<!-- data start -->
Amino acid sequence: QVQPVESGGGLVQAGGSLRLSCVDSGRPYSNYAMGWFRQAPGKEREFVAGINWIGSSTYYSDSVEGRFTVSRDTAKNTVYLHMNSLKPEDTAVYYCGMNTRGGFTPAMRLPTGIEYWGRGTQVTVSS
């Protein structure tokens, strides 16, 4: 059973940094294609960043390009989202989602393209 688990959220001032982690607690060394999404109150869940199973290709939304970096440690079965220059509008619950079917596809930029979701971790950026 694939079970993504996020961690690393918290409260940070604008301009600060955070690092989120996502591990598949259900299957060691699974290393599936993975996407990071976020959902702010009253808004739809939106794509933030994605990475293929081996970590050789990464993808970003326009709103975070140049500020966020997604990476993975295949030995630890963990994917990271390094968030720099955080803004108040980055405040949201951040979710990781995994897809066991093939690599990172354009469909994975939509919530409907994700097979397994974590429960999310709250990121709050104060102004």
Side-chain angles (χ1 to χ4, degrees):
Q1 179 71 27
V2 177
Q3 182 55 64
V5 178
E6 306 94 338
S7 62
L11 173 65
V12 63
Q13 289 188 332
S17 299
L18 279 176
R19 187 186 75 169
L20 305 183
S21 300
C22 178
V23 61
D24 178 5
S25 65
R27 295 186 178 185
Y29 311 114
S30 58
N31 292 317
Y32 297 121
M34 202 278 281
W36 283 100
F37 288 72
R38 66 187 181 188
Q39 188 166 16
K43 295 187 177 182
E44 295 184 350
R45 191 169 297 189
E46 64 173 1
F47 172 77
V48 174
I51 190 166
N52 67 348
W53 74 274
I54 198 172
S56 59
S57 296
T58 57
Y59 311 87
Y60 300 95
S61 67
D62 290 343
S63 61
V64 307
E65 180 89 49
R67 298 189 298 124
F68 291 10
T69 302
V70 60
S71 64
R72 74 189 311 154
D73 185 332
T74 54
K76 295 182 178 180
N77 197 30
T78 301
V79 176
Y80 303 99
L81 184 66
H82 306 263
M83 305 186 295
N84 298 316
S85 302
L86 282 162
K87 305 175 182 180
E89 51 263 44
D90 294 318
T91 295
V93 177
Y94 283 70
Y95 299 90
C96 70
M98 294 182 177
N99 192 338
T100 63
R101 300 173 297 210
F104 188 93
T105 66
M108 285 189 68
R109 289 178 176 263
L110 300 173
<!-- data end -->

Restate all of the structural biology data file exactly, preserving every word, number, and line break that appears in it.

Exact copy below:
Amino acid sequence: QVQPVESGGGLVQAGGSLRLSCVDSGRPYSNYAMGWFRQAPGKEREFVAGINWIGSSTYYSDSVEGRFTVSRDTAKNTVYLHMNSLKPEDTAVYYCGMNTRGGFTPAMRLPTGIEYWGRGTQVTVSS
């Protein structure tokens, strides 16, 4: 059973940094294609960043390009989202989602393209 688990959220001032982690607690060394999404109150869940199973290709939304970096440690079965220059509008619950079917596809930029979701971790950026 694939079970993504996020961690690393918290409260940070604008301009600060955070690092989120996502591990598949259900299957060691699974290393599936993975996407990071976020959902702010009253808004739809939106794509933030994605990475293929081996970590050789990464993808970003326009709103975070140049500020966020997604990476993975295949030995630890963990994917990271390094968030720099955080803004108040980055405040949201951040979710990781995994897809066991093939690599990172354009469909994975939509919530409907994700097979397994974590429960999310709250990121709050104060102004």
Side-chain angles (χ1 to χ4, degrees):
Q1 179 71 27
V2 177
Q3 182 55 64
V5 178
E6 306 94 338
S7 62
L11 173 65
V12 63
Q13 289 188 332
S17 299
L18 279 176
R19 187 186 75 169
L20 305 183
S21 300
C22 178
V23 61
D24 178 5
S25 65
R27 295 186 178 185
Y29 311 114
S30 58
N31 292 317
Y32 297 121
M34 202 278 281
W36 283 100
F37 288 72
R38 66 187 181 188
Q39 188 166 16
K43 295 187 177 182
E44 295 184 350
R45 191 169 297 189
E46 64 173 1
F47 172 77
V48 174
I51 190 166
N52 67 348
W53 74 274
I54 198 172
S56 59
S57 296
T58 57
Y59 311 87
Y60 300 95
S61 67
D62 290 343
S63 61
V64 307
E65 180 89 49
R67 298 189 298 124
F68 291 10
T69 302
V70 60
S71 64
R72 74 189 311 154
D73 185 332
T74 54
K76 295 182 178 180
N77 197 30
T78 301
V79 176
Y80 303 99
L81 184 66
H82 306 263
M83 305 186 295
N84 298 316
S85 302
L86 282 162
K87 305 175 182 180
E89 51 263 44
D90 294 318
T91 295
V93 177
Y94 283 70
Y95 299 90
C96 70
M98 294 182 177
N99 192 338
T100 63
R101 300 173 297 210
F104 188 93
T105 66
M108 285 189 68
R109 289 178 176 263
L110 300 173